So what else went on in the world this week? Any ideas? Iran and Turkey got friendly with the concept of Uranium. The Euro has gone haywire. China is suddenly in love with Nigeria's oil. It's not a good idea to be gay in Malawi, unless its in a song and Spring hits Tehran.
(The Continuing adventures of Hu, Wen and Goodluck)
From the English Service of Radio France International (and also on the 15th of May making it a slight cheat), comes this report on the latest developments regarding China's heavy investment in Nigeria's Oil Production capabilities. Several readers have asked me to feature what's going on with China's current status on the continent of Africa. Yes, it's continuing and I'm sure getting more complex as the days wear on.
(Ahdmed in Istanbul - trying to get to the Nuclear Club through the backdoor)
From the BBC World Service on the 17th comes word that Iran and Turkey have set up an agreement to trade Uranium. Doubtless this is a little unsettling since Iran has been trying to skirt UN sanctions having to do with Nuclear capabilities. I think it might be time to start placing bets as to when the "surgical strike" taking out Iran's reactors will take place. Anyone for August?
(Portrait of Leopard In Search Of New Spots)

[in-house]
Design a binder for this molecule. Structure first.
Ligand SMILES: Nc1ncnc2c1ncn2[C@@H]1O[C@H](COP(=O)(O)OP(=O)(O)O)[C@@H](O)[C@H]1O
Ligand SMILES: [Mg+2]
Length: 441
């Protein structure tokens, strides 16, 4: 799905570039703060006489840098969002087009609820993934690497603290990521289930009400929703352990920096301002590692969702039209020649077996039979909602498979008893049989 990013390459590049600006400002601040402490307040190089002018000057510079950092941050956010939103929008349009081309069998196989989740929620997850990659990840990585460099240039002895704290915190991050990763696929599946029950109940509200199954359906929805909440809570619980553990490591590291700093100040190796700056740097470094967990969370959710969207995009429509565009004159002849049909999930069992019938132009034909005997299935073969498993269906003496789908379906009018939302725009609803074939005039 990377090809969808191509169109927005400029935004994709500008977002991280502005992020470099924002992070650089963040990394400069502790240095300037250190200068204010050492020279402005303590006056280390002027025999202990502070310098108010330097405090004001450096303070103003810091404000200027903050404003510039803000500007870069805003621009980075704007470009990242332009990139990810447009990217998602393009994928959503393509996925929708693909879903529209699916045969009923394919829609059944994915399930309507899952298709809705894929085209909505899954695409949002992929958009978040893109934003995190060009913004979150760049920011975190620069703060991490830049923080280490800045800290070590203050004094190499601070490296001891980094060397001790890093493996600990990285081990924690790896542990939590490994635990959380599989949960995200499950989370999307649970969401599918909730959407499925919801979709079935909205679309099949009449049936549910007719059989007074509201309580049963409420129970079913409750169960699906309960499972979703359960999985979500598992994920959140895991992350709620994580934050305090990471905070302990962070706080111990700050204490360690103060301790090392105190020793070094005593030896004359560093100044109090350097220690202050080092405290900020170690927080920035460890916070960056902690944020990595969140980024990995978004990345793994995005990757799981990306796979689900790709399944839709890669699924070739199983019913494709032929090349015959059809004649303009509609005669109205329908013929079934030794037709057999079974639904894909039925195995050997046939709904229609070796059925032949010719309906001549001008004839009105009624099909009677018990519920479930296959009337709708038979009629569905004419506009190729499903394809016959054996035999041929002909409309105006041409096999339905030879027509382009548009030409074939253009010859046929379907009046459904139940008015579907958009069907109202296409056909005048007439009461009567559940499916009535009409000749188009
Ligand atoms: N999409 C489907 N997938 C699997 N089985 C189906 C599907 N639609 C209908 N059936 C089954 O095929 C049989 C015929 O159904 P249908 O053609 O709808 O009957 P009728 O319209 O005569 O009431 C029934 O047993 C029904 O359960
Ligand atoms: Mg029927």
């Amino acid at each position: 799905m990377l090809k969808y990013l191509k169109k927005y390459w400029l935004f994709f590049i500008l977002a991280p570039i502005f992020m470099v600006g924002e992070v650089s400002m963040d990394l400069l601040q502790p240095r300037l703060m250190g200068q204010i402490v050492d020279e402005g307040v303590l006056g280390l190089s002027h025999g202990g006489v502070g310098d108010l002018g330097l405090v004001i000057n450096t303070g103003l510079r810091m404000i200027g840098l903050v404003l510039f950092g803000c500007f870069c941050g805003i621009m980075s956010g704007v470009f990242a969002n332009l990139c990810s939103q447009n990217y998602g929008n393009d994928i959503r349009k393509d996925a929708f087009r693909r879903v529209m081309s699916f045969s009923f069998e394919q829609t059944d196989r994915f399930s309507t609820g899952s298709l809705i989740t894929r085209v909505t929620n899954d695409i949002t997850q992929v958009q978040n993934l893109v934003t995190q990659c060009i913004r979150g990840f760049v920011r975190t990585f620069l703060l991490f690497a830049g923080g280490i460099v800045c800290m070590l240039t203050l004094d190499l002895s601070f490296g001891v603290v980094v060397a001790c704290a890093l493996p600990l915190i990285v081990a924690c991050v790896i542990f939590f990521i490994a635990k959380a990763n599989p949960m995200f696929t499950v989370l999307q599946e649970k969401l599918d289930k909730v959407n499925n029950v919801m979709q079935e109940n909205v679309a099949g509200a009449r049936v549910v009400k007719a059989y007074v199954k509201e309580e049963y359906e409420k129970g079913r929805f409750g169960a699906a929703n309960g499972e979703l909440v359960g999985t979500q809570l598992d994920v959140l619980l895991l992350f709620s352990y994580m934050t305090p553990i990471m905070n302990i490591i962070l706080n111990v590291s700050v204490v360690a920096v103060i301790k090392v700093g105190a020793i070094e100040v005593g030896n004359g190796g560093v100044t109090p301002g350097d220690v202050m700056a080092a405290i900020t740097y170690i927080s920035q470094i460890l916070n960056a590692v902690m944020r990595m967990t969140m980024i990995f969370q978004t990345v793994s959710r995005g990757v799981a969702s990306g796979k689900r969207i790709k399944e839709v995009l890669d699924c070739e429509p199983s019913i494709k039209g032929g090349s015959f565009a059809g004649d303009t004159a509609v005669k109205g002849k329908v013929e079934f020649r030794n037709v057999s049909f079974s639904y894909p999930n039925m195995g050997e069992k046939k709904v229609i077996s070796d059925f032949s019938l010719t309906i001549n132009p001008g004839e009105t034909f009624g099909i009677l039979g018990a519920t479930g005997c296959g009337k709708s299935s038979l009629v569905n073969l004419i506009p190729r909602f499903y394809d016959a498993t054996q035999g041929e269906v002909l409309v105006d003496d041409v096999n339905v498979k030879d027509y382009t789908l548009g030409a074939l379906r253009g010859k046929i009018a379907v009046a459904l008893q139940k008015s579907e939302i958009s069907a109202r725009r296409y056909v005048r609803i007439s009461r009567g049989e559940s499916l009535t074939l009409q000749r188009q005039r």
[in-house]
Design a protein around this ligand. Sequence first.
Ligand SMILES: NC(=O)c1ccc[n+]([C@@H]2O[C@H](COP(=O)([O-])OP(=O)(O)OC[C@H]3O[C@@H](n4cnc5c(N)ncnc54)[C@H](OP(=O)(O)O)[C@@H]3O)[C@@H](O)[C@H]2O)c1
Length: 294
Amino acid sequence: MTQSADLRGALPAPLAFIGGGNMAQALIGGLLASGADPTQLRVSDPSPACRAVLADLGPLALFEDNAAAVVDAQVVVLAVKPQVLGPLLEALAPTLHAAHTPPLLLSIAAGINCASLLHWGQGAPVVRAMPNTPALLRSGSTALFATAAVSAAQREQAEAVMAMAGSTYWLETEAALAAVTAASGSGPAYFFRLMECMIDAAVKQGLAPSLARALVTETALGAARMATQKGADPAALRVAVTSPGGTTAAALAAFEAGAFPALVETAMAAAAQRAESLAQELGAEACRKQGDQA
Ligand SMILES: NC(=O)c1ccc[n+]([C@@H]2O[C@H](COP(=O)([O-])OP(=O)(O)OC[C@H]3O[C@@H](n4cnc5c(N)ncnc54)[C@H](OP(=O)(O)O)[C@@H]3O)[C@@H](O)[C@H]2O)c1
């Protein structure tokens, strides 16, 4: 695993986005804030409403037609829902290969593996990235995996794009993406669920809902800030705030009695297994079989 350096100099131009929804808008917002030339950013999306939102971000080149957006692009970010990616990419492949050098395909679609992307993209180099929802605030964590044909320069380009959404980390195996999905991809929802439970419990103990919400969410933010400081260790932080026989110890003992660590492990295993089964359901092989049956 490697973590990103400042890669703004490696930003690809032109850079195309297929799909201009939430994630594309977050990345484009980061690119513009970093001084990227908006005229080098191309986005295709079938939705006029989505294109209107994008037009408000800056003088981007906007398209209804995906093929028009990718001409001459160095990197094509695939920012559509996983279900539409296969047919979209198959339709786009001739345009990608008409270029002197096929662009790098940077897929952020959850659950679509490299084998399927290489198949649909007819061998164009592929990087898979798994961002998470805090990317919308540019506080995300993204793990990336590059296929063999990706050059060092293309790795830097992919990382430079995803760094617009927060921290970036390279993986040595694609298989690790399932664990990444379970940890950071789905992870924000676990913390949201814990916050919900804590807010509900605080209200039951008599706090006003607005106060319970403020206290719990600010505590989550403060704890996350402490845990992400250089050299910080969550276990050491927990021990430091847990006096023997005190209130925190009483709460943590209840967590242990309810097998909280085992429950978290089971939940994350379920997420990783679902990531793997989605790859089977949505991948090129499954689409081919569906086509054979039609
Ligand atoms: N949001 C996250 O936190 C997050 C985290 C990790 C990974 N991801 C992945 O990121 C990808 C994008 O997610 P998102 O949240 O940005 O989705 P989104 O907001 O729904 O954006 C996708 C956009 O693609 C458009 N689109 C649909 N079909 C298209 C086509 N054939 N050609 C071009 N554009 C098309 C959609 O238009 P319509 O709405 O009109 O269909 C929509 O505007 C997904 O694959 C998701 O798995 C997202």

It's always interesting to hear how the rest of the world views our particular ritual of elections. In this case it's the much-celebrated Late Night Live program from ABC Radio National in Australia with American commentator Bruce Shapiro offering insights to the upcoming primaries from May 17th. It's a well-worth listening to hour (download if you can and play in your car).
(As The Euro Turns . . .)
BBC Radio 4's Today program ran a feature on Thursday regarding the continuing crisis with the Euro. Despite bailouts and shore-ups, this situation isn't going away any time soon. It speaks to a bigger question as to our current state of monetary chaos being worldwide rather than something happening only on our side of the globe.
(Being gay in Malawi is no picnic.)
I suppose it's cold comfort to know that homophobia and bigotry are just as alive and well in Africa as anywhere else in the world. So it is with Malawi, exercising an anti-gay stance by sentencing a couple to fourteen years hard labor for the simple act of being in love with each other as reported on this May 21st broadcast of The Current from CBC Radio 1. Further evidence intolerance is universal. Hate and prejudice, more so.
(Farsi for Speed Dating)
And finally, from the BBC World Service program From Our Own Correspondent on Saturday the 22nd, a report on the current state of dating in Iran, a nation where over half the population is under 25. How do you work out having a repressive, fundamentalist regime and a tidal wave of raging hormones? And it happens every Spring.
Until next week . . .